It is not enough to take steps which may some day lead to a goal; each step must be itself a goal and a step likewise. —Johann Wolfgang von Goethe
What jazzes you? What floats your boat? Is there something in your life that gets you out of bed in the morning with purpose and determination? Do you have a personal mission statement that gives you a daily green light reminding you to go after it?
More important than the green light, does that mission statement have a red-light clause? Do you know when enough is enough? If you don’t know when you’ve reached your goal, when do you stop running? When is enough, enough?
The idea of goal-setting is especially important for dads. But be careful. Don’t set your goals using a floating scale.
Too many men spend their life trying to keep up with their neighbors. But as soon as they catch up, they change neighborhoods. They move to a bigger house surrounded by even bigger houses and greener lawns. Consider this passage from Philippians.
I have learned to be content whatever the circumstances. I know what it is to be in need, and I know what it is to have plenty. I have learned the secret of being content in any and every situation, whether well fed or hungry, whether living in plenty or in want. —Philippians 4:11-12
Learning contentment is actually a wise survival skill for today’s competitive world. Some other guy will always have a bigger house, higher-achieving kids or a better-looking wife.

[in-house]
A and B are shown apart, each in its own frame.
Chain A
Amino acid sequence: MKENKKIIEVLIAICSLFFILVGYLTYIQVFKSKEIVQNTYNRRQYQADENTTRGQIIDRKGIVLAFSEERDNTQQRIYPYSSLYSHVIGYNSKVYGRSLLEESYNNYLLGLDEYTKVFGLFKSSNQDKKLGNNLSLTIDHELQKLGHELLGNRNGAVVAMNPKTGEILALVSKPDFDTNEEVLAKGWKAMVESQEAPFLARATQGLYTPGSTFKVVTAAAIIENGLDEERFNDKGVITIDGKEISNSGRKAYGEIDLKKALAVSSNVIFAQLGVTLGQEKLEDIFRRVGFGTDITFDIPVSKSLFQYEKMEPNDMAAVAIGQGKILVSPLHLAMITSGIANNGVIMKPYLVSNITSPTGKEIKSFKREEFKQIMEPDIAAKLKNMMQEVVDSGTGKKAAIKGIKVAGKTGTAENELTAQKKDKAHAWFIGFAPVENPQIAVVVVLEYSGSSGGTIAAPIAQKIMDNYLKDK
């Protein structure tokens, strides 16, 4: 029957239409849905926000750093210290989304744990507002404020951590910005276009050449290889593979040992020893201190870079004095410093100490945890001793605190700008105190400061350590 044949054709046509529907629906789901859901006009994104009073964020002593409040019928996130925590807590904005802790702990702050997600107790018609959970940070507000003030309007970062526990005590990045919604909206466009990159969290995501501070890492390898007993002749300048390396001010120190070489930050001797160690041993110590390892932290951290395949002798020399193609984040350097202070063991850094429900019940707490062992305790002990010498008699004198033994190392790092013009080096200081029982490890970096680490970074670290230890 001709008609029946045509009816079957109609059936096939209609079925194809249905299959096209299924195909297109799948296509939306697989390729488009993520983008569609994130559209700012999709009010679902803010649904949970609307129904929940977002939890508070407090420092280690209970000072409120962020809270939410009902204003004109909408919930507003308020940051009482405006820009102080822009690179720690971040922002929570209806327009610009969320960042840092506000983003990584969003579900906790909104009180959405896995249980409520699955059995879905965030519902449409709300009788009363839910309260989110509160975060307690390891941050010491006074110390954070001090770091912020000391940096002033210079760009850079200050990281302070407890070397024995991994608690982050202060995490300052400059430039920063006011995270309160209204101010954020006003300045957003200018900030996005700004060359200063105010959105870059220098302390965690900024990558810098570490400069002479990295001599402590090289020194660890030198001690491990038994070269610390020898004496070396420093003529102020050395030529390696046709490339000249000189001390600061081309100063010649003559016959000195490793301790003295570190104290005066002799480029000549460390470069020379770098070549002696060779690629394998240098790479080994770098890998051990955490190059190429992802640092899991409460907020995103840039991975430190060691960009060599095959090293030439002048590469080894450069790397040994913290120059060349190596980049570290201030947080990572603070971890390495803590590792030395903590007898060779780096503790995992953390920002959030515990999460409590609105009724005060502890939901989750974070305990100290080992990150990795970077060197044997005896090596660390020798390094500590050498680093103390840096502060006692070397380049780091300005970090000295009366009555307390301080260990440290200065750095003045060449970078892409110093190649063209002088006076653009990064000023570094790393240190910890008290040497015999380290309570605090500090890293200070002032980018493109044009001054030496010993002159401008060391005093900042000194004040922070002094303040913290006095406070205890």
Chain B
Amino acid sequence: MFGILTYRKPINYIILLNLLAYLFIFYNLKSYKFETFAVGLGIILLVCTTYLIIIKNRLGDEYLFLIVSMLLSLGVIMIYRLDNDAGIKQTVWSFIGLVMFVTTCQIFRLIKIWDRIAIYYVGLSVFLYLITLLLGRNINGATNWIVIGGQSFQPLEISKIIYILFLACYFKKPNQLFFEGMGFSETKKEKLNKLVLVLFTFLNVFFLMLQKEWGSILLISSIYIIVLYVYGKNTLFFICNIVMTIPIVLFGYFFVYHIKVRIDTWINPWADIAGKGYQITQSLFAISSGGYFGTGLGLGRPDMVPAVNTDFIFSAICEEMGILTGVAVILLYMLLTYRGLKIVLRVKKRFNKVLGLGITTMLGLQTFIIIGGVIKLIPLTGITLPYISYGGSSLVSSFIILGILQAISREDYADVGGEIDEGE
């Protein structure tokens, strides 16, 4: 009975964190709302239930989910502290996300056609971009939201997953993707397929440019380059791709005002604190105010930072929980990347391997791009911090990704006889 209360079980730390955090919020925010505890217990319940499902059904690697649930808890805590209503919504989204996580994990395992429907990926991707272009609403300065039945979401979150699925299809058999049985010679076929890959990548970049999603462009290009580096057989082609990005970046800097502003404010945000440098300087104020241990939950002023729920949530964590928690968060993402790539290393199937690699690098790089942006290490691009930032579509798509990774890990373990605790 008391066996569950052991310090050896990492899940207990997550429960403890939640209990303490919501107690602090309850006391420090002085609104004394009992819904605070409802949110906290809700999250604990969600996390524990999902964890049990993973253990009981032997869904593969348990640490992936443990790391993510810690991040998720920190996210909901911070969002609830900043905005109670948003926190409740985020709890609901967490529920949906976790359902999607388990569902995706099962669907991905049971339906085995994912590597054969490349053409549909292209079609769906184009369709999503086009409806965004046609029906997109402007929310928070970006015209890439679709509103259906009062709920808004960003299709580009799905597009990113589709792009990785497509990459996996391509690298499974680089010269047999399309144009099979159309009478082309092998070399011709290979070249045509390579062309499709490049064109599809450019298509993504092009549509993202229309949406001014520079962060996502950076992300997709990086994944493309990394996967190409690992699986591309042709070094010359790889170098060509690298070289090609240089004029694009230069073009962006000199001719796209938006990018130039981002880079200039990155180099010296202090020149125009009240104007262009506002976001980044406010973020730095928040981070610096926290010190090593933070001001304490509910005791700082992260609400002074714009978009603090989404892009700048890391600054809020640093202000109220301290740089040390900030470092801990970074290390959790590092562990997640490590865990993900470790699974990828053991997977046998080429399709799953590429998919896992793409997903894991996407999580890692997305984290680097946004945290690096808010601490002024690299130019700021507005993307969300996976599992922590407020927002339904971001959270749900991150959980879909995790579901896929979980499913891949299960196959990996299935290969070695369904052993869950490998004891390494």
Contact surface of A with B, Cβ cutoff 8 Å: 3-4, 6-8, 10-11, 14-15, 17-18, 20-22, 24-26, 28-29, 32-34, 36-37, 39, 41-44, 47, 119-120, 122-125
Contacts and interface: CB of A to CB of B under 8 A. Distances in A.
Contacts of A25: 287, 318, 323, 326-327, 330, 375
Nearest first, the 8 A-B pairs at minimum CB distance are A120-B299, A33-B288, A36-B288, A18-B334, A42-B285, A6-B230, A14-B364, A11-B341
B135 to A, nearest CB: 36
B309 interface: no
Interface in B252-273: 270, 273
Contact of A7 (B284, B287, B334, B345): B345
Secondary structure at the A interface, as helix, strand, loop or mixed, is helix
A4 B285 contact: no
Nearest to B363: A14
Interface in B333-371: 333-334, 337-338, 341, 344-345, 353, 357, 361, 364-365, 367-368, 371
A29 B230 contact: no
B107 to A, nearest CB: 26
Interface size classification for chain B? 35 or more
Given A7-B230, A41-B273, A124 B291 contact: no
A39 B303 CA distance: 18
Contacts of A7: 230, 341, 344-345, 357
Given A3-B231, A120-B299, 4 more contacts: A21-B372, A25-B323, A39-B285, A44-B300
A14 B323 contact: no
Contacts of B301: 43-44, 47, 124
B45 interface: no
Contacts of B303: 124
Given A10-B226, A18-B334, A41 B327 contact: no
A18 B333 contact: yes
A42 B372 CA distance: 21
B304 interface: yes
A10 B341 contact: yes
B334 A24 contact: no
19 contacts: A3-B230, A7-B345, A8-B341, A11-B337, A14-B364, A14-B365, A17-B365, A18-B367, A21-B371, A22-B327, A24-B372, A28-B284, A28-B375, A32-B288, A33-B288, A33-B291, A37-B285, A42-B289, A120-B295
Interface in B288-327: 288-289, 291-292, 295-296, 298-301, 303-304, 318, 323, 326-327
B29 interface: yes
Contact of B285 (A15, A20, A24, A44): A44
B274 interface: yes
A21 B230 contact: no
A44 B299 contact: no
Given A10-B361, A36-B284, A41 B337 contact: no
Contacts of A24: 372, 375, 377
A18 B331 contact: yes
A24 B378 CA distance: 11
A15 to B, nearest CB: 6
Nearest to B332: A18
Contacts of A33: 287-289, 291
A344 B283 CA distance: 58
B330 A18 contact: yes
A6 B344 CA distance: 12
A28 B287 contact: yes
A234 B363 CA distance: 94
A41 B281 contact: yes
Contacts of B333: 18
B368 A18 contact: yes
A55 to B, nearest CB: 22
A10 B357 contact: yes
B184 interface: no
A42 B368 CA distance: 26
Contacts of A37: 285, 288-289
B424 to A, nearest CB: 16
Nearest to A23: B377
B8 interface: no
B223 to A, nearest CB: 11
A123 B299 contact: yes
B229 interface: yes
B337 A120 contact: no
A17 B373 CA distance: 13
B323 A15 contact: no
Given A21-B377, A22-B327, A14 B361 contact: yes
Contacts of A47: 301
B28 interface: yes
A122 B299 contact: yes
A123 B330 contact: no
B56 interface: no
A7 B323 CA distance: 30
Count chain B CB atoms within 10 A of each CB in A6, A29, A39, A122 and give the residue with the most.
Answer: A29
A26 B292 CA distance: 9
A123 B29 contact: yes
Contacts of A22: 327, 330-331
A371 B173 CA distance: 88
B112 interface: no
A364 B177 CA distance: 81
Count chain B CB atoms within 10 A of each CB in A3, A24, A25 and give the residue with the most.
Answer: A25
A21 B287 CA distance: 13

I hope you’ve positioned a long bright avenue of green lights in your life. Signals that say “go” are invaluable when it comes to reaching worthy life goals. But I also hope you position some yellow and red lights along the way to remind you to enjoy the scenery and smell the flowers.
Perhaps the ultimate goal is to be able to walk in your door at the end of the day and be able to say, “It’s good to be home. This home. With this family.”
What about you?
Making a list of goals is a good thing. Even aggressive goals that require hard work and superior intelligence. But on your list of goals make sure to include things like “happy wife,” “happy kids” and “humility.”
Adapted from:One-Minute Devotions for Dads.Copyright © 2012 by Jay Payleitner. Published by Harvest House Publishers, Eugene, OR. Used by permission.